Seriously, understanding tools and how to build is powerful and liberating. I am amazed at how few men have this knowledge. When my last house was being renovated, I came home one day to the sheet rock installer who should have been there three weeks prior. He was finally putting up the walls in the kitchen. I looked around, on my crutches (between surgeries) and asked, "What are you doing?" He got this exasperated look and said, "I'm putting up your walls." "I know that," I replied, ' but why are you doing it that way?" He almost rolled his eyes and said, "This is how sheet rock is put in." HA! I stared at him. I said, "Yeah. I know. I used to install rock at shopping malls. You're adding extra work and creating more seams the way you're doing it - why? It's harder, but if you started at the top the edge would be below the counters. They have tools to help hold it up if you're working alone. Twelve foot sheets would have fit perfectly too." He turned bright red, mumbled something about needing to go to his son's scout meeting and left. I called my contractor, then went back to taking out some other walls while no one would see me on the ladder, crutches on the floor.

Thanks for empowering women. Off to "like" on FB.

February 17, 2013 | Unregistered Commenternaomi d

Please like the Facebook page. It's only a click to you but it is important to the cause as numbers mean power.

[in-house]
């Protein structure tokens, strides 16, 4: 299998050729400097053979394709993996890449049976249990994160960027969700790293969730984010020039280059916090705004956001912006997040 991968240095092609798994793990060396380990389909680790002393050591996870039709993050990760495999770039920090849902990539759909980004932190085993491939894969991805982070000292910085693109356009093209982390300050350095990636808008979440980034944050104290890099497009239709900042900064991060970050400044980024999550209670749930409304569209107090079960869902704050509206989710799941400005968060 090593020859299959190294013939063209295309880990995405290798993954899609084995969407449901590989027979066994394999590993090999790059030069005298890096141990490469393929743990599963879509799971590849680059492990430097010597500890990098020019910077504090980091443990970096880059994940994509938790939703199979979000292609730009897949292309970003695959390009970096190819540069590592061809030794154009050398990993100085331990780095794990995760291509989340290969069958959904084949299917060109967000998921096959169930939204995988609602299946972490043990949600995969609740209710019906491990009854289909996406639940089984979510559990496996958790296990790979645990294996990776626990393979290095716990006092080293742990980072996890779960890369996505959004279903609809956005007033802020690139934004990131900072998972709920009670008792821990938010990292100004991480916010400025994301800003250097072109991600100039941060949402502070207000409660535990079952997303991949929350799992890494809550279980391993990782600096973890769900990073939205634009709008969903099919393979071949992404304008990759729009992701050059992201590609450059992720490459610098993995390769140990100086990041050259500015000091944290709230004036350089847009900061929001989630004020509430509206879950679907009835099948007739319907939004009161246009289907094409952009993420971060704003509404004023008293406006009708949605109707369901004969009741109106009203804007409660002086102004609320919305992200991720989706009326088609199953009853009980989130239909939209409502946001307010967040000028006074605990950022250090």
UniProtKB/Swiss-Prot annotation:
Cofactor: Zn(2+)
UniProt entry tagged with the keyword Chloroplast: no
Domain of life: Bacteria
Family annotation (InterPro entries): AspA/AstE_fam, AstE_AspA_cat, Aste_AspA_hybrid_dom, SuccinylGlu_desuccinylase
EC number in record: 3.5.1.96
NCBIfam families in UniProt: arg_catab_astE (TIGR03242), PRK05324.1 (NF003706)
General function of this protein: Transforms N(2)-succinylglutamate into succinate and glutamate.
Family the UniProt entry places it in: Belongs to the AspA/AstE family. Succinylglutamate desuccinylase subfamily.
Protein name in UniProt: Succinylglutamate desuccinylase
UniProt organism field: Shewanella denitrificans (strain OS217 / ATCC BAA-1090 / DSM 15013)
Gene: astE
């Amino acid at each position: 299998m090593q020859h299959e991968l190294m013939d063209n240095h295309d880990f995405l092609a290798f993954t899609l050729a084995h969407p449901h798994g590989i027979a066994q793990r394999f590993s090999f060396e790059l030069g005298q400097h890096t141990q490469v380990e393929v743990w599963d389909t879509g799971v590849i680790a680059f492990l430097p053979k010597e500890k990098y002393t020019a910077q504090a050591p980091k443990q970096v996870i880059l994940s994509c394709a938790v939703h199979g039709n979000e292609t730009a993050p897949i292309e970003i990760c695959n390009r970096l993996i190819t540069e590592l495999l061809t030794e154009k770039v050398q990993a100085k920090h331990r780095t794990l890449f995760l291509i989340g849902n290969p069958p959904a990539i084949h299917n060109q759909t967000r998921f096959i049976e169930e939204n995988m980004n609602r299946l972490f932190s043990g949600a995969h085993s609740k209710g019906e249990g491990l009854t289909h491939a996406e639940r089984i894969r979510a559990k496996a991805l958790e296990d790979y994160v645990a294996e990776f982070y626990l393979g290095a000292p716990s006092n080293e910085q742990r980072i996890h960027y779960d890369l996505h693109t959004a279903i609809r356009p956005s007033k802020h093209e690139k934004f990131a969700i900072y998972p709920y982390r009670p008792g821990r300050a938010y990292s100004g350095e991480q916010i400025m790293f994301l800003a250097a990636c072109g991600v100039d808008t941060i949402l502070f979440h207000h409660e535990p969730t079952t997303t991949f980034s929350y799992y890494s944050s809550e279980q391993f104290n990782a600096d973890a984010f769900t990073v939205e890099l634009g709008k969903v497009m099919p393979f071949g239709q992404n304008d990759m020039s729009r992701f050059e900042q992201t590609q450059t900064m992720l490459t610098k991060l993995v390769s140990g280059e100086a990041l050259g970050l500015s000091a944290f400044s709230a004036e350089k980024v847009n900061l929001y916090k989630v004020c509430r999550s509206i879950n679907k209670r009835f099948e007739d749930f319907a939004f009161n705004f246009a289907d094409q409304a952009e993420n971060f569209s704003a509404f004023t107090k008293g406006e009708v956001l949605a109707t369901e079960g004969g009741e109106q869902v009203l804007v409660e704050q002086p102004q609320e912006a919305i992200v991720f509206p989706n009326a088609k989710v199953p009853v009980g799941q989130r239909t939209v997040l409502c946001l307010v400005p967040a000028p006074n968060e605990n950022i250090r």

February 17, 2013 | Registered CommenterMrs. G.

Hi, everyone! Thanks, Mrs. G, for helping me spread the message. Nan and I spent yesterday leading a crew of young women from local high schools and college. We framed a bathroom, a furnace room, and got a serious start on some stairs. We worked through rain, sleet, hail, and a few precious moments of sunshine, but it was a blast.

February 17, 2013 | Unregistered CommenterRay

I worked on a Women's Build a number of years ago and it was very empowering. I mean, you're building a house! You're framing and installing windows and putting up siding and making someone a home to live in. And it doesn't matter if you've never lifted a hammer before. The Americacorps leader as well as the more experienced volunteers are patient and fun and from every walk of life. I've never slept such well-deserved, exhausted, peaceful sleep in my life.

February 17, 2013 | Unregistered Commentersusan

What a wonderful thing to be a part of -- someday when I can stand and bend and move without pain, I would love to do something like this.
I have a friend in the Seattle area in construction, so I know it takes a strong woman to do this. Ray and Nan and others, way to go!

February 17, 2013 | Unregistered CommenterKaren (formerly kcinnova)

Many thanks to Ri Len & all of you for your support, it means so much! The blogging is a new thing for me and am working on trying to making it informative & interesting. So very excited to be working with Ri Len on the Women Build project which should break ground in a couple of weeks, I'm told, by the guy who knows.

February 18, 2013 | Unregistered CommenterNanette

Fantastic - My son is finishing his second year with Americore and everything we can do to support it is important - the Republicans want to kill it.

Wonderful work!!!

February 18, 2013 | Unregistered CommenterBrightsideSusan